All of a sudden there was a dazzling light. It was as though the heavens were exploding and splashing forth all their glory in millions of waterfalls of colours and stars. And in the center of that bright whirlpool was a core of blinding light that flashed down from the depths of the sky with terrifying speed until suddenly it stopped, motionless and sacred, above a pointed rock in front of Francis. It was a fiery figure with wings, nailed to a cross of fire. Two flaming wings rose straight upward, two others opened out horizontally, and two more covered the figure. And the wounds in the hands and feet and heart were blazing rays of blood. The sparkling features of the Being wore an expression of supernatural beauty and grief. It was the face of Jesus, and Jesus spoke. Then suddenly streams of fire and blood shot from His wounds and pierced the hands and feet of Francis with nails and his heart with the stab of a lance. As Francis uttered a mighty shout of joy and pain, the fiery image impressed itself into his body, as into a mirrored reflection of itself, with all its love, its beauty, and its grief. And it vanished within him. Another cry pierced the air. Then, with nails and wounds through his body, and with his soul and spirit aflame, Francis sank down, unconscious, in his blood.[2]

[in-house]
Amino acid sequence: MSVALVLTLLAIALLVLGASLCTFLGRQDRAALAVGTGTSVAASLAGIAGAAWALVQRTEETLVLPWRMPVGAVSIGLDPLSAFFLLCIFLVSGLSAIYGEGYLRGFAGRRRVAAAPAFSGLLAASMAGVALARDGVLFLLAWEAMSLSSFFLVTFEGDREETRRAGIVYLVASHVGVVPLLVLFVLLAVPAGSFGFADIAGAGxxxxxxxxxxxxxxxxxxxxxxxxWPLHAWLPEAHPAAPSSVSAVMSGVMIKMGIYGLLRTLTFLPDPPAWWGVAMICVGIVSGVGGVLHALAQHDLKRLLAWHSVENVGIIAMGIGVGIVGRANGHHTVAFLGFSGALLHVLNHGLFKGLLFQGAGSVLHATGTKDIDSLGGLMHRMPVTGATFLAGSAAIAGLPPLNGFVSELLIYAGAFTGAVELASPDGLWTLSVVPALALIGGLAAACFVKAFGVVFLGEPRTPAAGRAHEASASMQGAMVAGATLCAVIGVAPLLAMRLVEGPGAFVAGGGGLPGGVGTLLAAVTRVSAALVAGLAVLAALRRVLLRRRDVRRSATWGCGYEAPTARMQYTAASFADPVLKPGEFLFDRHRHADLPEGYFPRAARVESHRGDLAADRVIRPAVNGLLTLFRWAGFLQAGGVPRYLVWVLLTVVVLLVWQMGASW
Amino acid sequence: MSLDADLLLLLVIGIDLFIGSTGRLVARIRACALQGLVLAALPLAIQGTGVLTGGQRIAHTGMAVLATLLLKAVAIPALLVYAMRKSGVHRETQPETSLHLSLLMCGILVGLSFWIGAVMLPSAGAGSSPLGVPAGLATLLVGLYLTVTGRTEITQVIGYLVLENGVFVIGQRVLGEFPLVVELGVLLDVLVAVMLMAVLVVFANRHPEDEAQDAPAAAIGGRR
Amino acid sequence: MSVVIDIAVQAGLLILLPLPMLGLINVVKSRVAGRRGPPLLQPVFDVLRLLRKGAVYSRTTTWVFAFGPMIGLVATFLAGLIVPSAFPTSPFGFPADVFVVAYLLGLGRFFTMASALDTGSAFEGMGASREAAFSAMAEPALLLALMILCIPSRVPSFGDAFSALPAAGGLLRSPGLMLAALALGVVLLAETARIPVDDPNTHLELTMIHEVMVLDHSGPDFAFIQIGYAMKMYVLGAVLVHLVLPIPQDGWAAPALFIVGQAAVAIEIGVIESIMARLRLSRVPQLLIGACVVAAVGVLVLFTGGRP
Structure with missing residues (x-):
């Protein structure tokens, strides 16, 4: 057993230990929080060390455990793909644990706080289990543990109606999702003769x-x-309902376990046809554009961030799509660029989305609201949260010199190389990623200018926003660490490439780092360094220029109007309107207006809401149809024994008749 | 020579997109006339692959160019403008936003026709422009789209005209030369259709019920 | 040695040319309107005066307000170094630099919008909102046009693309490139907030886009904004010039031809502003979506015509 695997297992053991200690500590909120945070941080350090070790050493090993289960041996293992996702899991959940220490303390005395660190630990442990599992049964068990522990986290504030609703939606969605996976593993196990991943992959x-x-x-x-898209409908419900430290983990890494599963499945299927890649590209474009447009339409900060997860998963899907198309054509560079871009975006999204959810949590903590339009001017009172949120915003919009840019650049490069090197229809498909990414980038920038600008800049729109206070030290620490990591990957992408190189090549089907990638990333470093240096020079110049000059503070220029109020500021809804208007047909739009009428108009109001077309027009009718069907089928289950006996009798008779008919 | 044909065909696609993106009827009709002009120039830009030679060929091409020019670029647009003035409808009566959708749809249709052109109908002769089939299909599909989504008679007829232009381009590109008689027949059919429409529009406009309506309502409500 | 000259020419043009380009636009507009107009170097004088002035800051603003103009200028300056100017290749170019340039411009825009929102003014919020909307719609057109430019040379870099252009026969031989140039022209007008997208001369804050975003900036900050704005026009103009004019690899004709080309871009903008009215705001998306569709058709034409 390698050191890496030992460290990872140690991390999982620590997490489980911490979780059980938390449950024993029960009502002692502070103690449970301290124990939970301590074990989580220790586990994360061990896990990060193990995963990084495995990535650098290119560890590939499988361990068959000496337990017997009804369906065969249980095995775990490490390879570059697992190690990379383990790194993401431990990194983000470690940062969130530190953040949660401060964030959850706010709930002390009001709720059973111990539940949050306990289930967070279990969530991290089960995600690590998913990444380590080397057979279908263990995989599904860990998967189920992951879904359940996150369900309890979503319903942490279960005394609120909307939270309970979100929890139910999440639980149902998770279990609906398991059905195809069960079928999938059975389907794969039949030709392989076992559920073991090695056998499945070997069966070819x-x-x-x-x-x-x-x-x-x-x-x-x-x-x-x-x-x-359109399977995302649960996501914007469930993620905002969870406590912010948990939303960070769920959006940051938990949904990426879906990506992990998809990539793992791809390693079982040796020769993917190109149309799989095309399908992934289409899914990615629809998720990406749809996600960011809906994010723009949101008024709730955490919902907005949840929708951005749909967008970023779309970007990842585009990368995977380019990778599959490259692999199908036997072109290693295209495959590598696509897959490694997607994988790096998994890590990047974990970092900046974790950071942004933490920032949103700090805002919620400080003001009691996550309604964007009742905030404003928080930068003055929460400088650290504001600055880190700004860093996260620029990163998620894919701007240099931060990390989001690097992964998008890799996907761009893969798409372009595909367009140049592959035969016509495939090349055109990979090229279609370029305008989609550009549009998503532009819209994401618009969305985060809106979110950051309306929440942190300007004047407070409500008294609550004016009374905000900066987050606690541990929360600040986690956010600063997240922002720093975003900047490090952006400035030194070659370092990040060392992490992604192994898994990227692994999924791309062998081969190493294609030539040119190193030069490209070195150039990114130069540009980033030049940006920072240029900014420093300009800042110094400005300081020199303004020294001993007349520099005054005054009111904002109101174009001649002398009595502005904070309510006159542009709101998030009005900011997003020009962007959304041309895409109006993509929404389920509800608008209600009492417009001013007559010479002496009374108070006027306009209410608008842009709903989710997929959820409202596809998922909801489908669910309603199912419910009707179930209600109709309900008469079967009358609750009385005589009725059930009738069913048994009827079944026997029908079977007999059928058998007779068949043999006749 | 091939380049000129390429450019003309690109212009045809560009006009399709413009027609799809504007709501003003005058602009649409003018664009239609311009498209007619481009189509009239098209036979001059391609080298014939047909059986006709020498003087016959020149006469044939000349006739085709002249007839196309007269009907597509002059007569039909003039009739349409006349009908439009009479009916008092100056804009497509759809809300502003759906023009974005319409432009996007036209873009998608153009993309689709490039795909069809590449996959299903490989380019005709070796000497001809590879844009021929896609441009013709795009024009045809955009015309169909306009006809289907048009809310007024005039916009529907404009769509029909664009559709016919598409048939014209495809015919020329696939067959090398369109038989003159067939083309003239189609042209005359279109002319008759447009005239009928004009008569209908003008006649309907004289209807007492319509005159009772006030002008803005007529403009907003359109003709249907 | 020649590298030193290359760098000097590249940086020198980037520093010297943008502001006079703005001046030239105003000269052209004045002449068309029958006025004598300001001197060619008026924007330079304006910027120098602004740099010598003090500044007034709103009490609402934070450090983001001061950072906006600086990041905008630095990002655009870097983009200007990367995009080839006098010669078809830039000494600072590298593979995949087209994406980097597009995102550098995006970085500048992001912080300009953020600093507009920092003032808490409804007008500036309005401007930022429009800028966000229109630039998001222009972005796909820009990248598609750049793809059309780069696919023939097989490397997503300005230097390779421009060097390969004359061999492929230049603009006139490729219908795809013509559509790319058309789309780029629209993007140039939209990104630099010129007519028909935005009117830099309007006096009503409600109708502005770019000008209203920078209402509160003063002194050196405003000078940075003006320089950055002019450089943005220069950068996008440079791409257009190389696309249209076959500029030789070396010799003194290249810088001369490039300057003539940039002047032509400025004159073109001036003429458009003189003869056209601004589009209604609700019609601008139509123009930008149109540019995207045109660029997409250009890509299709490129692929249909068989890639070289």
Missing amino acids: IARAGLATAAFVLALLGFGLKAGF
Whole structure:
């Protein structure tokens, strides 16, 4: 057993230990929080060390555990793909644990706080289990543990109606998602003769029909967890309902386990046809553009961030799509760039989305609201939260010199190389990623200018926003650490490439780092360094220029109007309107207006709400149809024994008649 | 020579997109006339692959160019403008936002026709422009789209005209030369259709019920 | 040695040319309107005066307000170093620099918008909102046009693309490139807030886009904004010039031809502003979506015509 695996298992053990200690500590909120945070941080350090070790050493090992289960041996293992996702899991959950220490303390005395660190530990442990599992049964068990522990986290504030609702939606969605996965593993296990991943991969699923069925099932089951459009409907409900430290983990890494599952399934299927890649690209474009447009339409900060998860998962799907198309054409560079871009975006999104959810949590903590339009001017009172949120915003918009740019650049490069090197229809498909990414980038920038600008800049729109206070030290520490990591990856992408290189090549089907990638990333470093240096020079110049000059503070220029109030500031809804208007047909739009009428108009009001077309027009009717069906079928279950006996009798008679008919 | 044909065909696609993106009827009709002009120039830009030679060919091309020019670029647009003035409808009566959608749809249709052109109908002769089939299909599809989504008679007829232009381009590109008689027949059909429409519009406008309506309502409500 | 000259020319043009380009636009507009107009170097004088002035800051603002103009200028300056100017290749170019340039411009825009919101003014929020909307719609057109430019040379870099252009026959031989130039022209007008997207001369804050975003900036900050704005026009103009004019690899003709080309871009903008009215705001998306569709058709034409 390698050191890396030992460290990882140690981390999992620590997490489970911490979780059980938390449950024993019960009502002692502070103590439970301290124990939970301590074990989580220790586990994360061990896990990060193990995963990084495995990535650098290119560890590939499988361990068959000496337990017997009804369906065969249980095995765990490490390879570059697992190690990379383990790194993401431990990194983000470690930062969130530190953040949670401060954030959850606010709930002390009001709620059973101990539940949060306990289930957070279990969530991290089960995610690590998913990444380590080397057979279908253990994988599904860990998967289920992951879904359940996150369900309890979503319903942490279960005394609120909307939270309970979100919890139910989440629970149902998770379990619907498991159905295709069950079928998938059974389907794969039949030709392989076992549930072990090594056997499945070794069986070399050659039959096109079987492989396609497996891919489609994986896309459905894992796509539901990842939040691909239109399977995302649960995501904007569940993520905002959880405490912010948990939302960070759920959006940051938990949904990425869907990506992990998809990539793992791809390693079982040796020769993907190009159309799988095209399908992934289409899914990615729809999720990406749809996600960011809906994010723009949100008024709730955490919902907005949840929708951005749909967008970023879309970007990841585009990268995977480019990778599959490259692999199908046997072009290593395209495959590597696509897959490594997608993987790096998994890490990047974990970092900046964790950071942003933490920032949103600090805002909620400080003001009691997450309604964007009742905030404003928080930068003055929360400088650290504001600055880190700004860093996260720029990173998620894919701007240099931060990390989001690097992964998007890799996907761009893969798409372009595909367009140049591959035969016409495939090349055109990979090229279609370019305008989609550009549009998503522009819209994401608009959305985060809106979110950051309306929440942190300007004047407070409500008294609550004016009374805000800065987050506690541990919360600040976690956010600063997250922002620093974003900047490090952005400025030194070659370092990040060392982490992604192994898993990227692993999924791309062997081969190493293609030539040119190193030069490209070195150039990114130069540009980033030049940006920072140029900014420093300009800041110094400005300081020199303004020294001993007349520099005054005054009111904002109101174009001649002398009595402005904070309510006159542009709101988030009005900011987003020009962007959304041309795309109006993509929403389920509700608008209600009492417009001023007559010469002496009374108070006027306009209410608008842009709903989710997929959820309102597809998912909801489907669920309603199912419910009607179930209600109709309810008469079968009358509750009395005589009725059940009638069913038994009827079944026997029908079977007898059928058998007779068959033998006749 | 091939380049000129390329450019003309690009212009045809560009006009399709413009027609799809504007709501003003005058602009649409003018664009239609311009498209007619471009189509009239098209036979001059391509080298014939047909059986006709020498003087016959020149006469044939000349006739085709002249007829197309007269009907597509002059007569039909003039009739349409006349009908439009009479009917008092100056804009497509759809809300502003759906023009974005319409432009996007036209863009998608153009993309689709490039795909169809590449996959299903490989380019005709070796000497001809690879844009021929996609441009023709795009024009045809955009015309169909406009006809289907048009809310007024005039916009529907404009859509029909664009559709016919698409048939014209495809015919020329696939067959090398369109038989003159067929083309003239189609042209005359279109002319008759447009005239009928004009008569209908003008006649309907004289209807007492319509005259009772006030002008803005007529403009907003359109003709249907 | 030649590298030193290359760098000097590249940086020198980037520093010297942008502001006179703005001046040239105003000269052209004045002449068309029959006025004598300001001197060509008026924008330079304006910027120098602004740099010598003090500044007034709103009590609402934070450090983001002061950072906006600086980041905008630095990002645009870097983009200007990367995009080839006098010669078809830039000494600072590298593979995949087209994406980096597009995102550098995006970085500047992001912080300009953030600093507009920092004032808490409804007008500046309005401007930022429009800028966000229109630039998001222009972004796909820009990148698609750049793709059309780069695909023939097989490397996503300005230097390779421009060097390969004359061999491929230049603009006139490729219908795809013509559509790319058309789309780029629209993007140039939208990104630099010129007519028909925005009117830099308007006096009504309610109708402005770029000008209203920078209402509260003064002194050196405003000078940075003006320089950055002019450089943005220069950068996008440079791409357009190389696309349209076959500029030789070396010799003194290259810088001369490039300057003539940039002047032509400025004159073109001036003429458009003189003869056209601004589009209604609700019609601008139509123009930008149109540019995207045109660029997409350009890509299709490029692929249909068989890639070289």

Quoted from:


Other Info

The Prayer of Saint Francis is a Christian prayer for peace. It is attributed to the 13th-century saint Francis of Assisi, although the prayer in its present form cannot be traced back further than 1912, when it was printed in France in French, in a small spiritual magazine called La Clochette (The Little Bell) as an anonymous prayer, as demonstrated by Dr Christian Renoux in 2001 (Cf. Christian Renoux, La prière pour la paix attribuée à saint François, une énigme à résoudre, Paris, Editions franciscaines, Paris, 2001).

The prayer has been known in the United States since 1936 and Cardinal Francis Spellman and the Senator Hawkes distributed millions of copies of the prayer during and just after World War II (Cf. C. Renoux, op. cit., p. 92-95).

Quoted from:

Also see: the Catholic Franciscans Article: The Stigmata of St. Francis of Assisi

Catholic History states: "St. Francis of Assisi was the first to receive the stigmata or wounds of Our Lord on his body."